Northern Transmissions review of 'Castles by Lissie'

Cooking Vinyl

8.5/10

Lissie

Castles

After a busy year of writing, touring and even a small Twin Peaks cameo, Lissie has made her next step as one of music’s hardest songwriters to define. Through her new record, her usual blend of power pop dives in and out country, Southern rock, R&B, funk and dance tones to make a sound wholly Lissie. Even with some more predictable moments, the utter devotion to detail and tangible passion in the record makes it a constantly immersive listen.

In the midst of a noticeably rain, the sombre piano chords emerge on “World Away” as Lissie’s heavy sense of longing rings out to someone too far to hear it. Rather than over-extend the thought over so many choruses, Lissie’s choice to really craft one large and powerful moment out of her inability to move on is much more powerful. “Crazy Girl” kicks out with funky rhythms and strange sense of cool, as Lissie rejects the thoughts of the outside world. While some of the core to the writing feels noticeably derivative of much pop that’s come before it, the way that the melodies play off each other really makes it work.

The cascading vocals of “Castles” create an instant sense of majesty to make the track feel more powerful and commanding than the soothing openers. With each verse Lissie’s energy builds in both percussion and the massive synths to create a growing wave of triumph that overtake the song. Though the piano progressions of “Blood & Muscle” are all too familiar to any pop listener, there’s something in the way the vocals quickly explode in each chorus out of a sparse nothingness to create a wonderful sort of dynamics in the song. This said, it will often be a bit of a stretch to get through each subsequent verse as the track never rides this momentum.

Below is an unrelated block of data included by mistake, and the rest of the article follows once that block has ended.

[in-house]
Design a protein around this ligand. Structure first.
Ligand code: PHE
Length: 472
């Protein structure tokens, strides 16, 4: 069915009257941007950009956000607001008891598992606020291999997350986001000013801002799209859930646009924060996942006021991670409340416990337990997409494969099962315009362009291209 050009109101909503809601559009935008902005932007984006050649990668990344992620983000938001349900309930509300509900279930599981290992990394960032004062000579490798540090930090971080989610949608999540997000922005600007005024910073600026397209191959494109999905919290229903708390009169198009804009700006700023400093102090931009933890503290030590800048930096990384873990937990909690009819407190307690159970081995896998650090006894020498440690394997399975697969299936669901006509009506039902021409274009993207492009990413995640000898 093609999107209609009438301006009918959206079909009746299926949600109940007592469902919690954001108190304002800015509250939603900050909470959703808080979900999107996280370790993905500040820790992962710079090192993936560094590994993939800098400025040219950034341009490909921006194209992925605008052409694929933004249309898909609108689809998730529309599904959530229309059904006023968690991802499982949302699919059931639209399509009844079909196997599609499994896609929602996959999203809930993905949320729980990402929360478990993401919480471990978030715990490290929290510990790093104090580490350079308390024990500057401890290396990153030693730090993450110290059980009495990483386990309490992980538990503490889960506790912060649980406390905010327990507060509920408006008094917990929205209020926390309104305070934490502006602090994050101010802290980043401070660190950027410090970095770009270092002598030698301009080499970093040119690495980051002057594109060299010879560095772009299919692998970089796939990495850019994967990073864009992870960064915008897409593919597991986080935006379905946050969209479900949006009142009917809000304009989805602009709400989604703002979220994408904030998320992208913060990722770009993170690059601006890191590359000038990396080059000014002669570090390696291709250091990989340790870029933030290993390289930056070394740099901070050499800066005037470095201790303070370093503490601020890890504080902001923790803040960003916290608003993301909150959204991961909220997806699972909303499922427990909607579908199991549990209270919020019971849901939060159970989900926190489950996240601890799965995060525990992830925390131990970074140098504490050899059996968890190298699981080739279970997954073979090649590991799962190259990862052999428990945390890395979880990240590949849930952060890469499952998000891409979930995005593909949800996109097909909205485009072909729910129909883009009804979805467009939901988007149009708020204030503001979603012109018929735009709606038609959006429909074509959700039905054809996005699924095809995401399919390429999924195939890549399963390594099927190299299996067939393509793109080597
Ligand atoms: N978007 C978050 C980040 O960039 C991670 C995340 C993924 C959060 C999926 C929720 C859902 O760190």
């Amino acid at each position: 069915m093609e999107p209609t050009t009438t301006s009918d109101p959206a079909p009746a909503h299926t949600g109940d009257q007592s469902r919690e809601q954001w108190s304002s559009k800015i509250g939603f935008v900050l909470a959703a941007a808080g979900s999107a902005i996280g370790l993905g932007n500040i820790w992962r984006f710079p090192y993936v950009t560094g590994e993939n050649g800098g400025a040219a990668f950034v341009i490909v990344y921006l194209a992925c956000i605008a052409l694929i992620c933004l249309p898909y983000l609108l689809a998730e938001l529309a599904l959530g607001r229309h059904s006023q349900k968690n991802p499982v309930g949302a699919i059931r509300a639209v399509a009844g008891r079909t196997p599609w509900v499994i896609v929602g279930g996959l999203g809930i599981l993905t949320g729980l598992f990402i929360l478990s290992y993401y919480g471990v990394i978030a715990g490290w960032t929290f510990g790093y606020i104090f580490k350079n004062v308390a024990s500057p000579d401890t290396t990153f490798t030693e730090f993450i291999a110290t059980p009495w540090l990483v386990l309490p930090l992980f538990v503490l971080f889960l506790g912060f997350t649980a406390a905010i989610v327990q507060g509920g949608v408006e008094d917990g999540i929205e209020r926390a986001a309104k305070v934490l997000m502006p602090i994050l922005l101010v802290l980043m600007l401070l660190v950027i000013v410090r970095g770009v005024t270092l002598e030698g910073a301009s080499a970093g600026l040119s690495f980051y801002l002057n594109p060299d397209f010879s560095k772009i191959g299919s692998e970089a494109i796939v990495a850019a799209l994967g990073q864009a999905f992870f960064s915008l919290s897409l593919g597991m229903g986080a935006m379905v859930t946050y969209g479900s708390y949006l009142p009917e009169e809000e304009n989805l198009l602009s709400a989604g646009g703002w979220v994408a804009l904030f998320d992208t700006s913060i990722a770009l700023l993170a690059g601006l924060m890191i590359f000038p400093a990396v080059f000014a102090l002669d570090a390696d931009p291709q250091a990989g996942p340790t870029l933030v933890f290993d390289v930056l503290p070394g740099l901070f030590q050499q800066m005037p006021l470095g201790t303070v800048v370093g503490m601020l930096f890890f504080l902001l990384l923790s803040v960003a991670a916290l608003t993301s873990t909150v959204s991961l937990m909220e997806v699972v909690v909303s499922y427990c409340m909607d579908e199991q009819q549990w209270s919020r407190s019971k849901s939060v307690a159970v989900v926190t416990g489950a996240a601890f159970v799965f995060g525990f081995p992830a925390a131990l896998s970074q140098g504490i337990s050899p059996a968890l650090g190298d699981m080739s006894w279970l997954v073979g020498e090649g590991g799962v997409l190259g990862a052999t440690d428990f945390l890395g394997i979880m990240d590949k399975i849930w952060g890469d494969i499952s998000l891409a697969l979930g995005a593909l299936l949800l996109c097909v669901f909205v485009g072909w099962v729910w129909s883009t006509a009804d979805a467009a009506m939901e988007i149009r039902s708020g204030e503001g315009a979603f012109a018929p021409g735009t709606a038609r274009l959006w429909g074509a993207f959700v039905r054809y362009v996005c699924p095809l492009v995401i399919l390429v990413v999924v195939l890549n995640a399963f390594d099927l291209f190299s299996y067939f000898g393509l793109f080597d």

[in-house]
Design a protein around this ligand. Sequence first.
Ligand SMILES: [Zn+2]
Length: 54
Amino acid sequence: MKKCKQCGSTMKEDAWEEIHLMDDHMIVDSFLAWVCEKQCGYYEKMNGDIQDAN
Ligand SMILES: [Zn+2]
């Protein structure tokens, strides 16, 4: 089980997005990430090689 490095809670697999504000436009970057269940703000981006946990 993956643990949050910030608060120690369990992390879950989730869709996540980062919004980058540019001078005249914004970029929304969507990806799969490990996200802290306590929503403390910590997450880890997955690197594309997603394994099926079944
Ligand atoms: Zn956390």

With a bit of Tom Petty smirk and a fun country attitude, “Best Days” brings a bright and sunny outlook to a very heavy and brooding record. While this could all be simple and straightforward, each verse layers more melodies than the last and even brings subtle sounds through the backgrounds to make the song take off. “Feels Good” pounds in its cold drum beats as Lissie explains the kind auto-pilot living that can lead so many people into self-destructive spirals. The immediately catchy hook and heartbreaking story come together in a perfect bliss to utterly devastate listeners.

“Boyfriend” drags around with its lo-fi and sludgy grooves, bringing a sort of R&B sensibility to Lissie’s pop that is absolutely great. The smacks of drums and Lissie’s slowly mounting wails really hit hard on this track to make it an atypical hit for her. Across the spacey atmosphere of “Somewhere” Lissie sings out with her guitar like a lowly Major Tom, as she sings out hopefully into the ether. While the track occasionally feels almost too bright for its darker undertones, its massive chorus belts hit all the right notes.

The shocking and personal story of “Love Blows” tells how hard life and love can be, especially at a young age when it all feels so important, and most people are cruel. Lissie matches this story with some of her most thematic writing as she takes little cinematic cues and some of her most dense sound work to make a truly memorable track. “What Am I Gonna Do” floats along with a more dreamy synth sound as Lissie mixes funk and shoegaze in weird handful. As fun as the sounds clash together, it does feel at times like the vibe of each section never quite connects properly.

“Peace” rolls a familiar guitar grind into something funky and bouncy as Lissie searches desperately for some sort of solace in her life, which she seems to find in part as the song blooms into something explosive. As some of her country soul comes out on “Sand” she grins through her saddest stories and hooks, for a song that packs a surprising wallop of emotion. The eerie strings and piano of “Meet Me In The Mystery” create palpable tension from the song’s outset, which is utterly fiery after it finally drags it into its climax and resolves Lissie’s heartache.

Words by Owen Maxwell